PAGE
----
David Brooks, in a lovely column called The Art of Presence, introduces a family that has reflected at length on suffering and how to care for and bring comfort to those traumatized by tragedy.
Brooks highlights a few of the most important lessons for bringing grace and comfort to those who suffer:
- Be present. Don’t assume the traumatized need “space” to deal with pain.
- Don’t compare. Don’t ever say, “I know how you feel.”
- Small, silent gifts bring a world of relief and are never forgotten.
- Don’t ever interpret or try to make sense. Ever.
Christians often have a hard time with this final point. The temptation is to explain how this tragedy makes sense, or will make sense, in the big scheme of things.
We forget that Job’s friends were brilliant when they were silent and began to dishonor God the moment they began to interpret what was going on.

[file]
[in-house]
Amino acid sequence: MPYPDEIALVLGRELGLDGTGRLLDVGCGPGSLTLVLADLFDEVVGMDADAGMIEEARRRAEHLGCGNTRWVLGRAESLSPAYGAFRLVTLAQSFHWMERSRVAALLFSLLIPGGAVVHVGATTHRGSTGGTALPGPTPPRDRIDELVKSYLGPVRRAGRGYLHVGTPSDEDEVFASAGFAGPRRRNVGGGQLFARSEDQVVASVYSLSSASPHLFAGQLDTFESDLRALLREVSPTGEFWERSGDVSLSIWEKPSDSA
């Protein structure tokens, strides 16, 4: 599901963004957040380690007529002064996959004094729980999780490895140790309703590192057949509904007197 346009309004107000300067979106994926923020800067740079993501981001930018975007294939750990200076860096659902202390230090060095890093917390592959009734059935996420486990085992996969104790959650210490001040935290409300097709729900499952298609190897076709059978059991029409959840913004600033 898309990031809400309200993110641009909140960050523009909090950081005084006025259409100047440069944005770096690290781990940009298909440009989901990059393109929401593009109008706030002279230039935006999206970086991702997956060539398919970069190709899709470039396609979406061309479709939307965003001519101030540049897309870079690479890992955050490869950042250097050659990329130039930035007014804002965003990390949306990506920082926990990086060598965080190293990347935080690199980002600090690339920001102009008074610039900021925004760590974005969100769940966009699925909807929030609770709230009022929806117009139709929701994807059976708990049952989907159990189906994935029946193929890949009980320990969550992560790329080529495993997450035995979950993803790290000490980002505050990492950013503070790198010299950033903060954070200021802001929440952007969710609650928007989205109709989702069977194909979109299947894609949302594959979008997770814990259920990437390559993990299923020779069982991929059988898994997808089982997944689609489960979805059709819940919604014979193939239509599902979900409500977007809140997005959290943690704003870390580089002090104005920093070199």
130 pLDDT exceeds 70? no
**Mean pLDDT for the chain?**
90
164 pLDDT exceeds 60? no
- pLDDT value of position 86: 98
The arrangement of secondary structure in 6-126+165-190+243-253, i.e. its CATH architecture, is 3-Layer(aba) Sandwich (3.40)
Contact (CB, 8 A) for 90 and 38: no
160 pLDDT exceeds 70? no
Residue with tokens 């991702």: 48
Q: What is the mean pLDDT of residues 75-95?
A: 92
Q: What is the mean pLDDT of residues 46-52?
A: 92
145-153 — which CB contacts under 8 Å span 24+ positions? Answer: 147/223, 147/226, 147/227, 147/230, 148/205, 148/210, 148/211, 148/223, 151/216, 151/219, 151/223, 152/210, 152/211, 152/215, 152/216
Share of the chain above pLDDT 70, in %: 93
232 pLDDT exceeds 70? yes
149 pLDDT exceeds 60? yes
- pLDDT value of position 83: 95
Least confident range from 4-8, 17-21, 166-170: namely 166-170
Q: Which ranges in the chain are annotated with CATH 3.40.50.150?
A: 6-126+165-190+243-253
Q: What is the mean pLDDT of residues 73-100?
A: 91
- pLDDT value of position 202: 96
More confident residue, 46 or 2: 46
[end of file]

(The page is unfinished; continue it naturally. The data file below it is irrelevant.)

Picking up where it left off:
Brooks’s closing paragraphs:
Ashley also warned against those who would overinterpret, and try to make sense of the inexplicable. Even devout Christians, as the Woodiwisses are, should worry about taking theology beyond its limits. Theology is a grounding in ultimate hope, not a formula book to explain away each individual event.
I’d say that what these experiences call for is a sort of passive activism. We have a tendency, especially in an achievement-oriented culture, to want to solve problems and repair brokenness — to propose, plan, fix, interpret, explain and solve. But what seems to be needed here is the art of presence — to perform tasks without trying to control or alter the elemental situation. Allow nature to take its course. Grant the sufferers the dignity of their own process. Let them define meaning. Sit simply through moments of pain and uncomfortable darkness. Be practical, mundane, simple and direct.